I think the men expected me to scream, because they seemed very surprised when I started to take photos and were horrified when I got within a couple of feet of it. They were trying to tell me it was poisonous (this I already knew so I was being cautious). I would have loved to get a photo of me holding it, (they have very small fangs) but my brain kept me from doing anything too stupid and I was content to leave it on the ground to digest its food.

Later that morning Vikram took me to another beach and we found an unfortunate sea turtle. A predator, possibly a shark, took both its front flippers. Although the wounds had healed, the turtle had been unable to swim fast enough to catch fish and was slowly starving to death. It was so thin it was heartbreaking but there was nothing I could do to help it.

We drove further down the beach and Vikram hung out while I enjoyed the waves some more and watched the bald eagles fly overhead.

It was my last adventure in India and my mind is turning toward my return trip home. It’s been an amazing ride in this beautiful country and I hope to return in the not too distant future.

About EssentialYoga Studio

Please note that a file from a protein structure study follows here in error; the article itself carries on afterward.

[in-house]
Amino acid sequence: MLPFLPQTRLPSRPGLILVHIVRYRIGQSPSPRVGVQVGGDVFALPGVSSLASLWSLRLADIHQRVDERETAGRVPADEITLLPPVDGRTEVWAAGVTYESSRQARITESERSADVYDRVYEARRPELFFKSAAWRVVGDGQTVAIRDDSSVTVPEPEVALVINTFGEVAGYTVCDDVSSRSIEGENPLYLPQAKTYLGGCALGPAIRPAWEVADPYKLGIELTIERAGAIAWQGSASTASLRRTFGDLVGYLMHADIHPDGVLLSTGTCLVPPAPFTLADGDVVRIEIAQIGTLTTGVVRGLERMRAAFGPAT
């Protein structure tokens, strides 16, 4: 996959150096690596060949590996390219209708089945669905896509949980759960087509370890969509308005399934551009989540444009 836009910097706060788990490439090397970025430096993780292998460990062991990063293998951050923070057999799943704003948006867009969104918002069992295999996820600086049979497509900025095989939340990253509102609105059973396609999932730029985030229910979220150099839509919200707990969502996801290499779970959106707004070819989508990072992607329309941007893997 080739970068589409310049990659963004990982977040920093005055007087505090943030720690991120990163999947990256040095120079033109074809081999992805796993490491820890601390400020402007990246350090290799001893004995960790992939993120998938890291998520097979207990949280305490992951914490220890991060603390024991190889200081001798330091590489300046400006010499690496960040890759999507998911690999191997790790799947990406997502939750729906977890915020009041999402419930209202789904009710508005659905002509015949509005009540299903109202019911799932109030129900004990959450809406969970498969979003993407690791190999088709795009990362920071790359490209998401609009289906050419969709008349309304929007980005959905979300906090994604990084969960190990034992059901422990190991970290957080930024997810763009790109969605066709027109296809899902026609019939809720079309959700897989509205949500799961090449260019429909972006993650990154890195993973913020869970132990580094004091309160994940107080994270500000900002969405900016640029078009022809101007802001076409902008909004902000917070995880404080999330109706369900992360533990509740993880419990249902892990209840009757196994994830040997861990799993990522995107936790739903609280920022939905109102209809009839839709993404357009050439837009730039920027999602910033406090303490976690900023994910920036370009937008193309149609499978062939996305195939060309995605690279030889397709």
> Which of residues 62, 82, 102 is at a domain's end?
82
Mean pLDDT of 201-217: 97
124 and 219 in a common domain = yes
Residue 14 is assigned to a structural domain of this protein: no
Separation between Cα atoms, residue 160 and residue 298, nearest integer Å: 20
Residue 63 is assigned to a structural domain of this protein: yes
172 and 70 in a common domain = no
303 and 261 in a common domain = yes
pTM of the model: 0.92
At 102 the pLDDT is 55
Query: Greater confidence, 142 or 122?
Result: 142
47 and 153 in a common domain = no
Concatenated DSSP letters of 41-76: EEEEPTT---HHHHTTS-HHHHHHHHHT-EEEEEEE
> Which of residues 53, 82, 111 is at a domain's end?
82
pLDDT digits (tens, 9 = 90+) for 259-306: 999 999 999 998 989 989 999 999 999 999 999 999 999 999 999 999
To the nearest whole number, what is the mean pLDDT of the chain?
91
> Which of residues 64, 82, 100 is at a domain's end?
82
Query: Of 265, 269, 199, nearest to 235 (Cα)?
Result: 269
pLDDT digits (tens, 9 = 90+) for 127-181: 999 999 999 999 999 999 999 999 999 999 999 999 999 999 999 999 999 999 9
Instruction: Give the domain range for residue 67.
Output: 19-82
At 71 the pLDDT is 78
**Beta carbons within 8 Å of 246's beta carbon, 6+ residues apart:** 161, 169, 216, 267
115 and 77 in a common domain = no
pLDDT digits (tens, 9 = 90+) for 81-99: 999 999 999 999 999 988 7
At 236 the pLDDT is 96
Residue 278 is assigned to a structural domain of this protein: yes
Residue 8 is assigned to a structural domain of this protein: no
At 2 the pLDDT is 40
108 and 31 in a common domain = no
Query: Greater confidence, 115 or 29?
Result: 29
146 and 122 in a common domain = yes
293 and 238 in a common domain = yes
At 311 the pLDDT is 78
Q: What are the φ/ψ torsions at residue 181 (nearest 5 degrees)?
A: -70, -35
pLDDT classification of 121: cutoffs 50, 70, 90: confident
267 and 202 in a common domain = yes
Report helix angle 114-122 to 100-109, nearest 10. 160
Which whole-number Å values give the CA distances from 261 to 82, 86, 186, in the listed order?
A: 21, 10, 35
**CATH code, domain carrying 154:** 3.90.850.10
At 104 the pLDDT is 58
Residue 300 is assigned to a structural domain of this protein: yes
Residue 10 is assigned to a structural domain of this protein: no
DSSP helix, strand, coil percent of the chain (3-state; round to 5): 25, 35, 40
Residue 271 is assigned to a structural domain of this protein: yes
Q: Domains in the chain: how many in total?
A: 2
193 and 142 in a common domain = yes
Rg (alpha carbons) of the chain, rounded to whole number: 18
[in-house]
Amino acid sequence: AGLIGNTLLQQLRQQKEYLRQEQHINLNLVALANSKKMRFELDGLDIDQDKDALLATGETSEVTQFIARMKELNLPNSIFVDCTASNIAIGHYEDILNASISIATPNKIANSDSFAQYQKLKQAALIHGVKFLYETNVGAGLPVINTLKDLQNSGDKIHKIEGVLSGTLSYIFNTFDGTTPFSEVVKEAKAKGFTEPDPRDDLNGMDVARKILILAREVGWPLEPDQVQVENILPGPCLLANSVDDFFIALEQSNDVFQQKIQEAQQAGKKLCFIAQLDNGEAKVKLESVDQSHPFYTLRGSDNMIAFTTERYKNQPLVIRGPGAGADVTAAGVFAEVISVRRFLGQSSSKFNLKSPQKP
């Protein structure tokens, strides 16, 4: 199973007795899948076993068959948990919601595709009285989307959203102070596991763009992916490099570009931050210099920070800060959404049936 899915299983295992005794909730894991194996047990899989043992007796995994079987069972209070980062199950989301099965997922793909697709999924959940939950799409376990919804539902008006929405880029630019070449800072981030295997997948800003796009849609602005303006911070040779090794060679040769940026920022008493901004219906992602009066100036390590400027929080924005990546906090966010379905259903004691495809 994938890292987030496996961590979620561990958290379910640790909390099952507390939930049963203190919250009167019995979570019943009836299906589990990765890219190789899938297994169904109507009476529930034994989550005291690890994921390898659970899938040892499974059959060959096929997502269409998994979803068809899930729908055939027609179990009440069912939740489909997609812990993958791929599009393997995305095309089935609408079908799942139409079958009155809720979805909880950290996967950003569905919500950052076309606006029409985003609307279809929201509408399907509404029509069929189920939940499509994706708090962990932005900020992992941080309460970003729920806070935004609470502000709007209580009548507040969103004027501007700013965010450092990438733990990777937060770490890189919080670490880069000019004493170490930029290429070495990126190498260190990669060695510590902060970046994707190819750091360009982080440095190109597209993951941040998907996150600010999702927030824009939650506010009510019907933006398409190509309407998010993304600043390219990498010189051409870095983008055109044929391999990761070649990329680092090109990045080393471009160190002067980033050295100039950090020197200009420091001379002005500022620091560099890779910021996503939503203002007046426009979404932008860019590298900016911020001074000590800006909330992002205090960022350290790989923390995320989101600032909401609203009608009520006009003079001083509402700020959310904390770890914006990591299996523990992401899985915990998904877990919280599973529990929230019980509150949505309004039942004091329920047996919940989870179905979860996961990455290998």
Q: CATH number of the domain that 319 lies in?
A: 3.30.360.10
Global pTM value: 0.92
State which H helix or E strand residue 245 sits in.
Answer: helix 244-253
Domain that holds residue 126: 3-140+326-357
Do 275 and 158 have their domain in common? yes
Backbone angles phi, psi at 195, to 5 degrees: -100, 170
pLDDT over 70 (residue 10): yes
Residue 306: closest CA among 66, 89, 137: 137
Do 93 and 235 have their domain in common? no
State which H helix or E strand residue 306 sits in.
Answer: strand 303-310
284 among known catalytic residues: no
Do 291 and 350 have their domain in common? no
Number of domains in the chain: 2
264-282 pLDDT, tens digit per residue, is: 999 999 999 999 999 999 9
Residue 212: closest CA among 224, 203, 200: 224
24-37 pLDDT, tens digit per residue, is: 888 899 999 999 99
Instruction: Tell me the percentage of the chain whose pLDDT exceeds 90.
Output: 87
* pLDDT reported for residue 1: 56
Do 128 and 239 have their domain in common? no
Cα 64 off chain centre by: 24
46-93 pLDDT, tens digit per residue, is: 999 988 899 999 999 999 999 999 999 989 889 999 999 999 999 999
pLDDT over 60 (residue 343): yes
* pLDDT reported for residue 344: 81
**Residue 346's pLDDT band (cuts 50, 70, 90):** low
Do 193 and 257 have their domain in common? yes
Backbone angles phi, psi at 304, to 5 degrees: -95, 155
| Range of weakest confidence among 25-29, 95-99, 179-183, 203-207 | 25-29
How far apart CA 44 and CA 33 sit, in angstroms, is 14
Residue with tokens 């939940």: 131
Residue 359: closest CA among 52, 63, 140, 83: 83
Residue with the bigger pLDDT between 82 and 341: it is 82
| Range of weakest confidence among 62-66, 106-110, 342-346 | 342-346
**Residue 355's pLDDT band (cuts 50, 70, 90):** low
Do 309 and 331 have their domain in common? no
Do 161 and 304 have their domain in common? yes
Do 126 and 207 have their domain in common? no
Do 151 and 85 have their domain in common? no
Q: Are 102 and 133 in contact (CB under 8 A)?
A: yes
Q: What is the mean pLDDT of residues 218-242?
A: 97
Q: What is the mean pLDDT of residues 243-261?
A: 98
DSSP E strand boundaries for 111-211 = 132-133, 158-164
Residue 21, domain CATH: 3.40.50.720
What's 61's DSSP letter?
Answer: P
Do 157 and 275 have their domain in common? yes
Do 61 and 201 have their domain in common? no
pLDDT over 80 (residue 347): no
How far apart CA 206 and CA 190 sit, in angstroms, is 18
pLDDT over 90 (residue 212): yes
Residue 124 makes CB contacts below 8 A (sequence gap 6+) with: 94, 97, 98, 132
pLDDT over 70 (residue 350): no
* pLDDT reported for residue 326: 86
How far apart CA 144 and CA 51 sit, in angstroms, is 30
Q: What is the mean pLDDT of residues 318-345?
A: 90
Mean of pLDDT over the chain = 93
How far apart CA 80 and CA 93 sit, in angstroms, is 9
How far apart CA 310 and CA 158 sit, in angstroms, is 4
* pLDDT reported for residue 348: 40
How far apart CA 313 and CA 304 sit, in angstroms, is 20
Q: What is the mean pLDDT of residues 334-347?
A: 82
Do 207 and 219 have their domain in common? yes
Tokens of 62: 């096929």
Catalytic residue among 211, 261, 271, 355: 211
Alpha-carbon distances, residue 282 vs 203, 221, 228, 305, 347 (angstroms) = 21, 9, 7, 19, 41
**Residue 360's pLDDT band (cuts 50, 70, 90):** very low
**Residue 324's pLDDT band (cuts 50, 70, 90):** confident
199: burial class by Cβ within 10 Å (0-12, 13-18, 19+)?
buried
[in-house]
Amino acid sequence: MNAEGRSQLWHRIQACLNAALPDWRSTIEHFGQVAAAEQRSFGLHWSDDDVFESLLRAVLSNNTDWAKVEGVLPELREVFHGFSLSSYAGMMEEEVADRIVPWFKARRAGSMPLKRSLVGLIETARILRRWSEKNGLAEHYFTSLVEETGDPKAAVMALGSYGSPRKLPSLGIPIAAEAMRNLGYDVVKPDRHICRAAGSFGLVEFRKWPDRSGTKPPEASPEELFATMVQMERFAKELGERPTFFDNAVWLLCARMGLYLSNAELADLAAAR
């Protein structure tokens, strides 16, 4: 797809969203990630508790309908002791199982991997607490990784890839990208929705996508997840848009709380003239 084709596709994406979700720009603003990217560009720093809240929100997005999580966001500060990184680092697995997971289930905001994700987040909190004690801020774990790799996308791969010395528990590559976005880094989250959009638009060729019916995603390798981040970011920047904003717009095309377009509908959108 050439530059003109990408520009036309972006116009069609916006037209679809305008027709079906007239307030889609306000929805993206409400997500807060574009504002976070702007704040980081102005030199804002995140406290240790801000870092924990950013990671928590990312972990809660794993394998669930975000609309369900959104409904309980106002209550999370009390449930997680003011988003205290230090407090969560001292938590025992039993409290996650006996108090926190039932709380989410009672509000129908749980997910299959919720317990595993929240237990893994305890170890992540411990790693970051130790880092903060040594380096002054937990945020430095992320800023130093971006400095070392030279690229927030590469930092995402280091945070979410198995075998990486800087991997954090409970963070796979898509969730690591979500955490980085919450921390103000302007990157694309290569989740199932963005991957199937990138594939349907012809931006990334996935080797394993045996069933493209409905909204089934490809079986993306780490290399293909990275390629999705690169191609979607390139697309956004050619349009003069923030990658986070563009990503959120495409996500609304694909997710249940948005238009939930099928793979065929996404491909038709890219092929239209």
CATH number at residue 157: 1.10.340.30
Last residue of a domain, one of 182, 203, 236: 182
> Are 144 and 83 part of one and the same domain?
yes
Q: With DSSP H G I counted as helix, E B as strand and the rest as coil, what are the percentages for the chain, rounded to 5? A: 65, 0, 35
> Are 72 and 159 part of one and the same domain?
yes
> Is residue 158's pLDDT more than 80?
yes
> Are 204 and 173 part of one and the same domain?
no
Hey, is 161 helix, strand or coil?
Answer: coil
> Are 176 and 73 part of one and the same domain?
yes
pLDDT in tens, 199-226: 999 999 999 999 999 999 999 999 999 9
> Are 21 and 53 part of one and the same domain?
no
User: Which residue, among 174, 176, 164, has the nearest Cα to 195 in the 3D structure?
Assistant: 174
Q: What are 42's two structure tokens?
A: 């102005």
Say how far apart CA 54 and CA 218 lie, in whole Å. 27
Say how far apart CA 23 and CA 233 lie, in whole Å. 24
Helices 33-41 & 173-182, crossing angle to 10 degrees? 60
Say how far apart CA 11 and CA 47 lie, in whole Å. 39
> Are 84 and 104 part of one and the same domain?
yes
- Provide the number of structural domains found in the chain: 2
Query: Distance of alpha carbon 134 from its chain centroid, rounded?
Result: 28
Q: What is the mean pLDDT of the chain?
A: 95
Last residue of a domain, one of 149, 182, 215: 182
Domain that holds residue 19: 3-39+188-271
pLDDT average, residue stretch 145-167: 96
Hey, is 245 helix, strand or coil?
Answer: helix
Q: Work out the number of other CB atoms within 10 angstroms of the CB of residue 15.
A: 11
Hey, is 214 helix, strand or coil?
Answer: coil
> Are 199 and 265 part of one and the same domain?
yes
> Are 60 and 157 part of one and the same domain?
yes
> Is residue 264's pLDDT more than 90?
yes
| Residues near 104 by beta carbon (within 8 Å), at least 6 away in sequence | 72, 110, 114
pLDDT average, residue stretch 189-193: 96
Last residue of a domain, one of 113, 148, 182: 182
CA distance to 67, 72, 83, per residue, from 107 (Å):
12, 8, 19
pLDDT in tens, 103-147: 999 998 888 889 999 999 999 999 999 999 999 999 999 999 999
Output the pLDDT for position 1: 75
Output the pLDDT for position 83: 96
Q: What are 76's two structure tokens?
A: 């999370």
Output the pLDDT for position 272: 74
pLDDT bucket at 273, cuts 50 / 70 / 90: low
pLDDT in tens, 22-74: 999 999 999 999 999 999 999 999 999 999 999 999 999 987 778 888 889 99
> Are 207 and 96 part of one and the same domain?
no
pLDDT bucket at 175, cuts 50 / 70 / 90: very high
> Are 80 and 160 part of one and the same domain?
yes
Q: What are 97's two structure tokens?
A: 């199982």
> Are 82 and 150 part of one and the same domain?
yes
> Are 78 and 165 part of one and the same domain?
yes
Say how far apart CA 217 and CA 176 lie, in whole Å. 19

Roberta Dell'Anno E-RYT 500, Certified Yoga for Scoliosis Trainer Owner EssentialYoga Studio. Roberta has been practicing yoga since 1988 and teaching yoga since 2004. She has studied extensively under master yoga teachers Patricia Walden, Zoë Stewart, Sri Arun H.S., Elise Browning Miller, and others. She completed a two year Iyengar Yoga Teacher Training program with Sr. Iyengar Teacher, Peentz Dubble in June 2017. Roberta has studied yoga at the Ramamani Iyengar Yoga Memorial Institute in Pune, India during June 2011, February 2014, attended Abhijata's 2-week intensive in Pune, India, December 2016 and BKS Iyengar's Centenary 10-day intensive taught by Prashantji & Geetaji, December 2018. She completed training and certification with Elise Browning Miller as a 'Yoga for Scoliosis' instructor in 2014, completed a 500 hour Hatha Yoga Certification program with AURA Wellness Center in 2005 and is registered with Yoga Alliance as an E-RYT 500. She has been a Certified Meditation Teacher since June 2007 and an Usui Reiki Practitioner since 1989. The studio provides individual & specialized privates, semi-privates, group private sessions, and yoga workshops. Roberta conducts local and out of town workshops. She specializes in yoga for scoliosis and back care. She uses props to help students and teachers of all levels transform their backbends, twists, standing and seated postures, as well as inversions like sarvangasana (shoulderstand). She also works with individuals who have physical challenges, specifically individuals with Multiple Sclerosis, CMT, Parkinson's Disease, scoliosis, and amputees in private, semi-private and group sessions.​​​